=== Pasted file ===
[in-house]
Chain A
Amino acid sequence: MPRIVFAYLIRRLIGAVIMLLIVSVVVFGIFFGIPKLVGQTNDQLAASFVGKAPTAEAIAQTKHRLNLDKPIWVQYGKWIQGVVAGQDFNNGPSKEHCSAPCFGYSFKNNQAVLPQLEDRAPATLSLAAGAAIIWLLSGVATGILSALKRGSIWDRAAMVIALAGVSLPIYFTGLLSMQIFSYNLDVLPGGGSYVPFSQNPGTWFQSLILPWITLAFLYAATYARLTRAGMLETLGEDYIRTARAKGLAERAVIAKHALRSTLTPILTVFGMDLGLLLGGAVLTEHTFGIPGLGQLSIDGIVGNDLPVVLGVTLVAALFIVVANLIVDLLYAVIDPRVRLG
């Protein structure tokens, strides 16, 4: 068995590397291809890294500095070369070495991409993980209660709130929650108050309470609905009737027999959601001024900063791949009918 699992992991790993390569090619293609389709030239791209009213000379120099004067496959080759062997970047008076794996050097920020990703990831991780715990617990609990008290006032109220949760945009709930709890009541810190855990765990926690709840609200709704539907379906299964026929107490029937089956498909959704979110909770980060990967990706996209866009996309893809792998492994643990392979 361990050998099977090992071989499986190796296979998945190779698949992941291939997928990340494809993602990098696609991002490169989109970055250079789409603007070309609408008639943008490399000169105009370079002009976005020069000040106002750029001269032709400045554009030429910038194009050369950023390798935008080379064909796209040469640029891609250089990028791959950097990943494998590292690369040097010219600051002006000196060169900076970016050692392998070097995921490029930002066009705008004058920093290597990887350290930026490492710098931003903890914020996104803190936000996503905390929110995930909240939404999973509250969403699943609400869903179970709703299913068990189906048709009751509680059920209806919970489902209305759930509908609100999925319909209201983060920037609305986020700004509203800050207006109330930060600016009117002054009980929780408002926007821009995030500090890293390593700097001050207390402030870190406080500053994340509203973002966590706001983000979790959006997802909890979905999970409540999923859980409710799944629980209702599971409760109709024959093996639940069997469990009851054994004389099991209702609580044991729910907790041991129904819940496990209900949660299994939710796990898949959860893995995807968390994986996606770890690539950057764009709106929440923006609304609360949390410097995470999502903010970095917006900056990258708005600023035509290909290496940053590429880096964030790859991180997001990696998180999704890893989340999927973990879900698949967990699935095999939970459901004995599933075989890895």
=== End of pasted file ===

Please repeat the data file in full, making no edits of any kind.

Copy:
[in-house]
Chain A
Amino acid sequence: MPRIVFAYLIRRLIGAVIMLLIVSVVVFGIFFGIPKLVGQTNDQLAASFVGKAPTAEAIAQTKHRLNLDKPIWVQYGKWIQGVVAGQDFNNGPSKEHCSAPCFGYSFKNNQAVLPQLEDRAPATLSLAAGAAIIWLLSGVATGILSALKRGSIWDRAAMVIALAGVSLPIYFTGLLSMQIFSYNLDVLPGGGSYVPFSQNPGTWFQSLILPWITLAFLYAATYARLTRAGMLETLGEDYIRTARAKGLAERAVIAKHALRSTLTPILTVFGMDLGLLLGGAVLTEHTFGIPGLGQLSIDGIVGNDLPVVLGVTLVAALFIVVANLIVDLLYAVIDPRVRLG
């Protein structure tokens, strides 16, 4: 068995590397291809890294500095070369070495991409993980209660709130929650108050309470609905009737027999959601001024900063791949009918 699992992991790993390569090619293609389709030239791209009213000379120099004067496959080759062997970047008076794996050097920020990703990831991780715990617990609990008290006032109220949760945009709930709890009541810190855990765990926690709840609200709704539907379906299964026929107490029937089956498909959704979110909770980060990967990706996209866009996309893809792998492994643990392979 361990050998099977090992071989499986190796296979998945190779698949992941291939997928990340494809993602990098696609991002490169989109970055250079789409603007070309609408008639943008490399000169105009370079002009976005020069000040106002750029001269032709400045554009030429910038194009050369950023390798935008080379064909796209040469640029891609250089990028791959950097990943494998590292690369040097010219600051002006000196060169900076970016050692392998070097995921490029930002066009705008004058920093290597990887350290930026490492710098931003903890914020996104803190936000996503905390929110995930909240939404999973509250969403699943609400869903179970709703299913068990189906048709009751509680059920209806919970489902209305759930509908609100999925319909209201983060920037609305986020700004509203800050207006109330930060600016009117002054009980929780408002926007821009995030500090890293390593700097001050207390402030870190406080500053994340509203973002966590706001983000979790959006997802909890979905999970409540999923859980409710799944629980209702599971409760109709024959093996639940069997469990009851054994004389099991209702609580044991729910907790041991129904819940496990209900949660299994939710796990898949959860893995995807968390994986996606770890690539950057764009709106929440923006609304609360949390410097995470999502903010970095917006900056990258708005600023035509290909290496940053590429880096964030790859991180997001990696998180999704890893989340999927973990879900698949967990699935095999939970459901004995599933075989890895």